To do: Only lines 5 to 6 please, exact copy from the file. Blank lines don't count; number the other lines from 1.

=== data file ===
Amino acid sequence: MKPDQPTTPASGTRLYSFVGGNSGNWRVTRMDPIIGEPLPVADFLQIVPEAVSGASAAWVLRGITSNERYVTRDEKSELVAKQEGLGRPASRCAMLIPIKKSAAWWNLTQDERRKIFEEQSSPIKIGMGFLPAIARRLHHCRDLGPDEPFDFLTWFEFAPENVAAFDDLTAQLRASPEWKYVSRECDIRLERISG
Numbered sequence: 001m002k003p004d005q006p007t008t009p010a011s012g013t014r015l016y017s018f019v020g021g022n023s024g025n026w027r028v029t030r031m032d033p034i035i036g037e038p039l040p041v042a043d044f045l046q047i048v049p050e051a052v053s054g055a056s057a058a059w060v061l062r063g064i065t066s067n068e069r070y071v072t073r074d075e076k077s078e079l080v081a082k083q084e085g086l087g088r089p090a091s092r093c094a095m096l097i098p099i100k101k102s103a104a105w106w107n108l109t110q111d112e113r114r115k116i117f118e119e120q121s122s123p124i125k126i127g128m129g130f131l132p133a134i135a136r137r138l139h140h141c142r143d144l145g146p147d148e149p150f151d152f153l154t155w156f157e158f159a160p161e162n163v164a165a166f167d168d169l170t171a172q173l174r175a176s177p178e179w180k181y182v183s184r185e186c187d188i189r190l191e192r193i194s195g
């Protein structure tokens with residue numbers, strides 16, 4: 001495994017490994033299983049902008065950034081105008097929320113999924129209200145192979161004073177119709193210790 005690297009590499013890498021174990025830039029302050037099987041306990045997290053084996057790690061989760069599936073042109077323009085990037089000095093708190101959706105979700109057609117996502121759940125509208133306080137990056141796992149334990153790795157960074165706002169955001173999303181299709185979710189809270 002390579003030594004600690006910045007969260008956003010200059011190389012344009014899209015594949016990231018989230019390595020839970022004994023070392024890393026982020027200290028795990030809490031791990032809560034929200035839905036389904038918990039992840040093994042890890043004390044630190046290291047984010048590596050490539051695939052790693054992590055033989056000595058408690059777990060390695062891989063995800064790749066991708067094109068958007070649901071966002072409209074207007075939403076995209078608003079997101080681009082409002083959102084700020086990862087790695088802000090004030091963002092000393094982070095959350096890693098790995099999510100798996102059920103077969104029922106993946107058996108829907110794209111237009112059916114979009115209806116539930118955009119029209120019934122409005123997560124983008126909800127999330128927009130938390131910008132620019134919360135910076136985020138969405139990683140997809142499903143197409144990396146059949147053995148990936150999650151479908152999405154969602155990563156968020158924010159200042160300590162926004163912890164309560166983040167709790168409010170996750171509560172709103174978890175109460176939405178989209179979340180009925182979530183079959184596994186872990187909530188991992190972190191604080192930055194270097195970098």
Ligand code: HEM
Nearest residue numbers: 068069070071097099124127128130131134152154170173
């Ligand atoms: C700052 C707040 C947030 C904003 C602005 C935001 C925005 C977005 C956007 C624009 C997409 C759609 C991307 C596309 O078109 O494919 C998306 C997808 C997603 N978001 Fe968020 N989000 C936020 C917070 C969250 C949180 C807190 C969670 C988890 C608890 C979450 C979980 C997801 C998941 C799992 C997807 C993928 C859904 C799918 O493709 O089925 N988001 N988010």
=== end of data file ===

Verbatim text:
Nearest residue numbers: 068069070071097099124127128130131134152154170173
């Ligand atoms: C700052 C707040 C947030 C904003 C602005 C935001 C925005 C977005 C956007 C624009 C997409 C759609 C991307 C596309 O078109 O494919 C998306 C997808 C997603 N978001 Fe968020 N989000 C936020 C917070 C969250 C949180 C807190 C969670 C988890 C608890 C979450 C979980 C997801 C998941 C799992 C997807 C993928 C859904 C799918 O493709 O089925 N988001 N988010």